Section 87 protects person accused of injuring others in the course of games, sports such as fencing, football, cricket, boxing and others.

Bishambar v. Roomal[10]:- a girl was molested by the complainant. Approximately 200 people were determined to punish him armed with lathis. Three local people interfered at that time and tried to bring about a solution. We were gathered before the panchayat along with others who were gathered before the panchayat along with others who were the girl’s family. The plaintiff decided to request the panchayat’s order.

The panchayat decided to take him around the village with a blackened face and hit him with a shoe to prevent any injury to the complainant. The panchayat’s decision was thus carried out, the three intervening persons and the other girl’s relatives were prosecuted for crimes punishable under section 323 and 503 of the Code.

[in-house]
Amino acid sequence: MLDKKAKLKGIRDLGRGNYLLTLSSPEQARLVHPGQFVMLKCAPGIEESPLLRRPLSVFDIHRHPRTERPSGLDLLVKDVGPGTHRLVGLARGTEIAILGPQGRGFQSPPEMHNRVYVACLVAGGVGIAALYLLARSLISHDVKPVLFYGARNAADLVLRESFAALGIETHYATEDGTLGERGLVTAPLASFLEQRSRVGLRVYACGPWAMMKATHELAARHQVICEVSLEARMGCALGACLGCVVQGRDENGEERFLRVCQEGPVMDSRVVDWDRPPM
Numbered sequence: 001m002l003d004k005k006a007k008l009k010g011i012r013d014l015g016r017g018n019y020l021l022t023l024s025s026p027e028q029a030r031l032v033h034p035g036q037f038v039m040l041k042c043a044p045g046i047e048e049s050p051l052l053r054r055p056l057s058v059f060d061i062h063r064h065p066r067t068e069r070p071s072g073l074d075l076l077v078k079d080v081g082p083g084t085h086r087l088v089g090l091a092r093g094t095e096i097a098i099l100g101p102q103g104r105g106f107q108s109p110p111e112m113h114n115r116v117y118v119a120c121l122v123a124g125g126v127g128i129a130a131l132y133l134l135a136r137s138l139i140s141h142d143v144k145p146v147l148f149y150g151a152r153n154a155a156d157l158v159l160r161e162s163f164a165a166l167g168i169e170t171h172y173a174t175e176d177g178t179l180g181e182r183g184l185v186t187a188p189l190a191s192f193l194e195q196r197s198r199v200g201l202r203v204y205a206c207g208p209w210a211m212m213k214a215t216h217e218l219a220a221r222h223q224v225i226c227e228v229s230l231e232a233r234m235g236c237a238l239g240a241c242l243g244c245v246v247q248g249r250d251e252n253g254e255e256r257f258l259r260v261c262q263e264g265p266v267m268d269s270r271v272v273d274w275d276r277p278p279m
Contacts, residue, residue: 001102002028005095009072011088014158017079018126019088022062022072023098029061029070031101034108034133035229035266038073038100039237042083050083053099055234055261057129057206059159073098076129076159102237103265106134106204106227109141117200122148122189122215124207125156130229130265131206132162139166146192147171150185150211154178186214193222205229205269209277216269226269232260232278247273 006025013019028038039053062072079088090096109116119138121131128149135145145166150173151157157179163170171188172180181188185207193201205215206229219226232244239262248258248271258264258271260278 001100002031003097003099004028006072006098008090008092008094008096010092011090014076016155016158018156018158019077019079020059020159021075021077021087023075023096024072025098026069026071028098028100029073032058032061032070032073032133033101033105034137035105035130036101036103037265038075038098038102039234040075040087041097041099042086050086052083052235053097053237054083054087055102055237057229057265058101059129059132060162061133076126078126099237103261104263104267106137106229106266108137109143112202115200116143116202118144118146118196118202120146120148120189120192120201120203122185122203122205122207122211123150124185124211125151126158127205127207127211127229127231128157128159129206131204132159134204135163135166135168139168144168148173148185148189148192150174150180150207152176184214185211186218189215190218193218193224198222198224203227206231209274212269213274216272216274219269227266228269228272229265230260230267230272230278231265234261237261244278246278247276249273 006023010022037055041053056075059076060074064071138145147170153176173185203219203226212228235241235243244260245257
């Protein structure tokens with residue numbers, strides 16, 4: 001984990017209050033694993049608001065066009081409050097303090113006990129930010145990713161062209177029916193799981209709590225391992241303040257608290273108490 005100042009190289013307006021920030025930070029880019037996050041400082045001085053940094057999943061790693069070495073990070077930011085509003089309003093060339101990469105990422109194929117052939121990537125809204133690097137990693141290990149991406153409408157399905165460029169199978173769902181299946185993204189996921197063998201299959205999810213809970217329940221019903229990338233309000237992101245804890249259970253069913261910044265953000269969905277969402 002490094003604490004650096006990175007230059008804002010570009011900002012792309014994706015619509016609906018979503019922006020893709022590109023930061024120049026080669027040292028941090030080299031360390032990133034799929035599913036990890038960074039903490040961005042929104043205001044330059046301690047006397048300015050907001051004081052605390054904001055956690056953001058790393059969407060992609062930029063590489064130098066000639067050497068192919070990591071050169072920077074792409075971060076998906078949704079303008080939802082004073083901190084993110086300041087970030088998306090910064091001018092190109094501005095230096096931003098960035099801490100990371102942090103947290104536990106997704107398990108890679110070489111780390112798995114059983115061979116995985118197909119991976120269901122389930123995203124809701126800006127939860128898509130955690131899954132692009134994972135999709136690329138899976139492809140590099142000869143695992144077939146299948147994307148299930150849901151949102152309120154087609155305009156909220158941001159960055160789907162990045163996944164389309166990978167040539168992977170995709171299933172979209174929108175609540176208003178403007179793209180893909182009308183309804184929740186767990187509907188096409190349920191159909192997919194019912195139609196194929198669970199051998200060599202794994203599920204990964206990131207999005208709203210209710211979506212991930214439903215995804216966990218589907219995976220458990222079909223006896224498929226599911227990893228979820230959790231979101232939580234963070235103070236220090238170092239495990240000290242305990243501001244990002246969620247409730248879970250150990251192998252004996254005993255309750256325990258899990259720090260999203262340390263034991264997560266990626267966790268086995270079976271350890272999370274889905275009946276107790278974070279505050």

The Allahabad High Court held that “the accused were entitled to the benefit under section 81 and 87 of the Code. In a case like this when the accused persons acted bonafide, without any criminal intent in order to save the complainant from the serious consequences resulting from his own indecent behaviour, with his consent, obtained in writing and for his benefit, then it may not amount to an offence.”

Section 88[11]

Act not intended to cause death, done by consent in good faith for person’s benefit- Nothing, which is not intended to cause death, is an offence by reason of any harm which it may cause, or be intended by the doer to cause, or be known by the doer to be likely to cause, to any person for whose benefit it is done in good faith, and who has given a consent, whether express or implied, to suffer that harm, or to take the risk of that harm.[12]

Surgeons and teachers: –